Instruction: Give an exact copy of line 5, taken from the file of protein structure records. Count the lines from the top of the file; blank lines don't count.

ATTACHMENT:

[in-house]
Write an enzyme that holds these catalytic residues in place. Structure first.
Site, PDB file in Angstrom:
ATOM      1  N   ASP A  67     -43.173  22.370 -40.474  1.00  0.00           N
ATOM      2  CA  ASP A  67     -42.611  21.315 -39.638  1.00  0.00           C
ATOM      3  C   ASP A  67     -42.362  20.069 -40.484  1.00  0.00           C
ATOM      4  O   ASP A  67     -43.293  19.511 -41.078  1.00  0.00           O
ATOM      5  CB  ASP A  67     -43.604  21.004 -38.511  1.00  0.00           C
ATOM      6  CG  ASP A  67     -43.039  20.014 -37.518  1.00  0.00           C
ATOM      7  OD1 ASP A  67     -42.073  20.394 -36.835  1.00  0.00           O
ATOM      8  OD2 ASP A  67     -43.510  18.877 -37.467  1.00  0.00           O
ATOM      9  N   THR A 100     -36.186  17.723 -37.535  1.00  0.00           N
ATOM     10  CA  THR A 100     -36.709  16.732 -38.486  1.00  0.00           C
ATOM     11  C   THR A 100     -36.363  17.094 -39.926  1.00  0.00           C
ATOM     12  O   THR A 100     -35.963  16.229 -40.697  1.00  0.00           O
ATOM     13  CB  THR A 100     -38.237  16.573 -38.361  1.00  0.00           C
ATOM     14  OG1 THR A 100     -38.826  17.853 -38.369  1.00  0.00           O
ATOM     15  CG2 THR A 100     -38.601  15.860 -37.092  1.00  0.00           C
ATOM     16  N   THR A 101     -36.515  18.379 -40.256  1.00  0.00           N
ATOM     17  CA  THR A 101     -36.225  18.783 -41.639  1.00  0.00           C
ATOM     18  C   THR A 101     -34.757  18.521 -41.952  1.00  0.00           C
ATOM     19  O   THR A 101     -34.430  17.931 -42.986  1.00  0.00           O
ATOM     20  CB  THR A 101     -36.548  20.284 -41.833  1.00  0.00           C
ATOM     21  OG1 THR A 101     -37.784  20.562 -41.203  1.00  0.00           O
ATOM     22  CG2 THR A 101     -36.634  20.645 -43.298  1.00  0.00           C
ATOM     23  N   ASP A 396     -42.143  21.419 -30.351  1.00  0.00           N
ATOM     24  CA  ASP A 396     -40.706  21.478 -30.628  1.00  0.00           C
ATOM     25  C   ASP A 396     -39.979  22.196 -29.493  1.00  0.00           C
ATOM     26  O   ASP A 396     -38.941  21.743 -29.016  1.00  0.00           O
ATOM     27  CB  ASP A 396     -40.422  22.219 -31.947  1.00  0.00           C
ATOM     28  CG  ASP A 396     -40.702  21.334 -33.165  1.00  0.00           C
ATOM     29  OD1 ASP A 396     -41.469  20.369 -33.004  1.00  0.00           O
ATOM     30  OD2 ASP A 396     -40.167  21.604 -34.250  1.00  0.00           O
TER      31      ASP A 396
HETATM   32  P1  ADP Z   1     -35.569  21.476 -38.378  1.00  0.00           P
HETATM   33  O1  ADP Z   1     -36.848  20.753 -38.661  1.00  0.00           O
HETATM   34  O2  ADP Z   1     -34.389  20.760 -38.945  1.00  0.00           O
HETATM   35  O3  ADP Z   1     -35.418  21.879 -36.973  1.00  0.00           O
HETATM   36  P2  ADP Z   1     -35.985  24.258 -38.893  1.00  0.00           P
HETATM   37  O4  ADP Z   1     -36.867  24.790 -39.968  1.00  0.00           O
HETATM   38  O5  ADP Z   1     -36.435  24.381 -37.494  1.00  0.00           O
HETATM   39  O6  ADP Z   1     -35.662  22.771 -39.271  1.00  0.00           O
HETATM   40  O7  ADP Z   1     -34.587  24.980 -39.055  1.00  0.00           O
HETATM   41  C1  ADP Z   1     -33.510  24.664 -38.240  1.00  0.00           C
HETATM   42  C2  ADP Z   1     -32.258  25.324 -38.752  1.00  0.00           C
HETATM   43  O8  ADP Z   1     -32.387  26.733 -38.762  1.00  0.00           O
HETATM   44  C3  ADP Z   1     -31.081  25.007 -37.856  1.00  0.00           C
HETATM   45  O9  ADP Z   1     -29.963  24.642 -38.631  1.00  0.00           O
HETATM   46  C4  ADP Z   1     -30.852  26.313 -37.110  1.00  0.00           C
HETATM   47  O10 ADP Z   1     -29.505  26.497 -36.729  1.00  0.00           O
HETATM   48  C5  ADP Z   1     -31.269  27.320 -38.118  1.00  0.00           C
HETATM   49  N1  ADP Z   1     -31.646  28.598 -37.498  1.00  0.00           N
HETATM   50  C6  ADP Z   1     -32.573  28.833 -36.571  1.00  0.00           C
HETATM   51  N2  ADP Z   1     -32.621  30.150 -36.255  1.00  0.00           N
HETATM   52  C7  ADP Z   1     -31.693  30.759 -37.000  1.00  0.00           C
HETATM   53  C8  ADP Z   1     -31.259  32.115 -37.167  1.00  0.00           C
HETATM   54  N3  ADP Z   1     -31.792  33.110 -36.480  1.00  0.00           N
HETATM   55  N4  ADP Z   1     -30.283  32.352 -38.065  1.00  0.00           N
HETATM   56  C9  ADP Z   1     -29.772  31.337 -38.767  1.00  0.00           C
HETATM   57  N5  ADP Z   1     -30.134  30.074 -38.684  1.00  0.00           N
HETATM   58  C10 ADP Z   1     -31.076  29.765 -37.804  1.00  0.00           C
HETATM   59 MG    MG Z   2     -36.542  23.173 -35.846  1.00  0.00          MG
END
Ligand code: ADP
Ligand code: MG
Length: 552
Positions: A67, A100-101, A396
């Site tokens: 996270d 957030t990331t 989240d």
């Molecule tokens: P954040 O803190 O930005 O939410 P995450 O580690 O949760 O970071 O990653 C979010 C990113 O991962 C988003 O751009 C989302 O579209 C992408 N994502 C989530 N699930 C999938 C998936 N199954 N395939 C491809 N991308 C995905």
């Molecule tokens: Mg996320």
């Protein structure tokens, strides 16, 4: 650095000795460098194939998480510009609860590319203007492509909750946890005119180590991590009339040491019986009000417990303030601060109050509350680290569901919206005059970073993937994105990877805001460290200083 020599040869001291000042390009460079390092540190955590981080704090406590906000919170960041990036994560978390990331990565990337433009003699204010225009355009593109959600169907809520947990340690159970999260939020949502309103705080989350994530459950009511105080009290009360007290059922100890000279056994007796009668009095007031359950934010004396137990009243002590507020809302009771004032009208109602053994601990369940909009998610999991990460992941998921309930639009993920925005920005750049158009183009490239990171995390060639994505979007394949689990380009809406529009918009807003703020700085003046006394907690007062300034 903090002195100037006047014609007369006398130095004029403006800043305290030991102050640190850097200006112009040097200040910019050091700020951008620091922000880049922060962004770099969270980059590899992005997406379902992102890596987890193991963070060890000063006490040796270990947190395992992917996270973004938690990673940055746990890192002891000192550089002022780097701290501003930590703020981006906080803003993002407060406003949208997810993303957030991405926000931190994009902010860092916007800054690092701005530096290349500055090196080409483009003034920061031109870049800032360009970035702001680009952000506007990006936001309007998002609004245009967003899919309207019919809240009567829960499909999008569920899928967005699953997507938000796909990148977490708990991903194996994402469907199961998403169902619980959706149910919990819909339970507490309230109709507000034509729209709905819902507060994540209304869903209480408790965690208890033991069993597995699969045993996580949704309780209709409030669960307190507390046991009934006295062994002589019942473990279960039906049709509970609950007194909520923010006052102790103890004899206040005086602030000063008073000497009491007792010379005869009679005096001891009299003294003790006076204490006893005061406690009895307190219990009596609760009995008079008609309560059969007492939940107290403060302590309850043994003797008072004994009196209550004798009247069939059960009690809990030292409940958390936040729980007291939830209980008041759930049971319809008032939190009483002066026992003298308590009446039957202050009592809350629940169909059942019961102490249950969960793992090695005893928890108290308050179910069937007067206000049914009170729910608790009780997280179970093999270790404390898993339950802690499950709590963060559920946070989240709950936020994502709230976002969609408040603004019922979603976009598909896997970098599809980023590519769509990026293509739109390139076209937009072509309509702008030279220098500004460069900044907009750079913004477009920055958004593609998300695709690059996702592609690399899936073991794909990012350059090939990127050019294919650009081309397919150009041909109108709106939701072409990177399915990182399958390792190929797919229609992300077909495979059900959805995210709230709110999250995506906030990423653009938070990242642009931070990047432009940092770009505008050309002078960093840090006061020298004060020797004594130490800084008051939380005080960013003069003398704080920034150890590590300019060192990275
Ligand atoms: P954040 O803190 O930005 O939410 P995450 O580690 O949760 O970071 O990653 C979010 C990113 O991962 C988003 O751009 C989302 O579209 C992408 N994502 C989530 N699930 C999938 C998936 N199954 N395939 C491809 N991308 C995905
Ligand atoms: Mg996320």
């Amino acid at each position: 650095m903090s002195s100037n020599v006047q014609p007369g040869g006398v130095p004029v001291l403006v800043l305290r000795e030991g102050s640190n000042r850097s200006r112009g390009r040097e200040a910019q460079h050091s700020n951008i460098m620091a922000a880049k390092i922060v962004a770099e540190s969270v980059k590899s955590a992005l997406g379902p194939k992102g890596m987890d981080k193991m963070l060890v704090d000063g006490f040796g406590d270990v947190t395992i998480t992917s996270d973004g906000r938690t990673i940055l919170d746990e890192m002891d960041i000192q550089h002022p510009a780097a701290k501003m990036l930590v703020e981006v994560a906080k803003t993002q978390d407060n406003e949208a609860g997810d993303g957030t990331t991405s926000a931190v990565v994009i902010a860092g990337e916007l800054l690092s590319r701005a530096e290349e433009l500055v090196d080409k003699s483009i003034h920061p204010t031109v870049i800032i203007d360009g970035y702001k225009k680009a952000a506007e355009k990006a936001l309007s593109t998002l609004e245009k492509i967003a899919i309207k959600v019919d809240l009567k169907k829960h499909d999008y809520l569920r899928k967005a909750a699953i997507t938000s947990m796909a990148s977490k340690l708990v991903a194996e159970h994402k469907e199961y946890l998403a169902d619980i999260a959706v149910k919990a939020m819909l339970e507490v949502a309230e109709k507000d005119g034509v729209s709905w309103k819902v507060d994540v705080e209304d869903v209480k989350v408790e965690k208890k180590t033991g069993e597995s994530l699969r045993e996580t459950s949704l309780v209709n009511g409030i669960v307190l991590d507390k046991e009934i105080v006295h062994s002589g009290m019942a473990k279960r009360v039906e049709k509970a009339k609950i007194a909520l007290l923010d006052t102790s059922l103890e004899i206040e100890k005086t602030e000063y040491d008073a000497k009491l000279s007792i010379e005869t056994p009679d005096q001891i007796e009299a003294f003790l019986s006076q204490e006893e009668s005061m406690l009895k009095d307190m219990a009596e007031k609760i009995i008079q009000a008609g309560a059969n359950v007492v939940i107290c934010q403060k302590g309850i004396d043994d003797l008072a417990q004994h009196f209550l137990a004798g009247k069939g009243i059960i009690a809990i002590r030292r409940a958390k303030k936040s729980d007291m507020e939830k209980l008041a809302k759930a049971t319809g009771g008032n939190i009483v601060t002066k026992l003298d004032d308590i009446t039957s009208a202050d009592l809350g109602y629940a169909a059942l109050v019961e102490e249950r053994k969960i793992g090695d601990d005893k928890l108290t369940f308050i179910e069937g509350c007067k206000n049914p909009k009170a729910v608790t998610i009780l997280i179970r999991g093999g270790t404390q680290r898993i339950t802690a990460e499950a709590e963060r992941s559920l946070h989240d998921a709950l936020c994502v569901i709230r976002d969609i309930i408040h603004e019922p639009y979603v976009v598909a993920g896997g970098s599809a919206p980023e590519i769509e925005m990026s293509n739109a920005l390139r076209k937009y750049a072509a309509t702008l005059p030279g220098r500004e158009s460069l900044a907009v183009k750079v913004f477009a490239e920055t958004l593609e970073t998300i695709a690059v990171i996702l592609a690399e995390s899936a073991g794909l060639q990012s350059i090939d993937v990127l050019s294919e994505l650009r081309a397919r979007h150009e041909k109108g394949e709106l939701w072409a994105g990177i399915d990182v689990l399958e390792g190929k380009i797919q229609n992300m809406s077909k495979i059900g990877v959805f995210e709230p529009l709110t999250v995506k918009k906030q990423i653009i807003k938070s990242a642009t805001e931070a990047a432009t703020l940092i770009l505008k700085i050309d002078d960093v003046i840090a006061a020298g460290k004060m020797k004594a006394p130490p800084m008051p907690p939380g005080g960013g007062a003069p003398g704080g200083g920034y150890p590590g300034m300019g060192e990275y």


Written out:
ATOM      2  CA  ASP A  67     -42.611  21.315 -39.638  1.00  0.00           C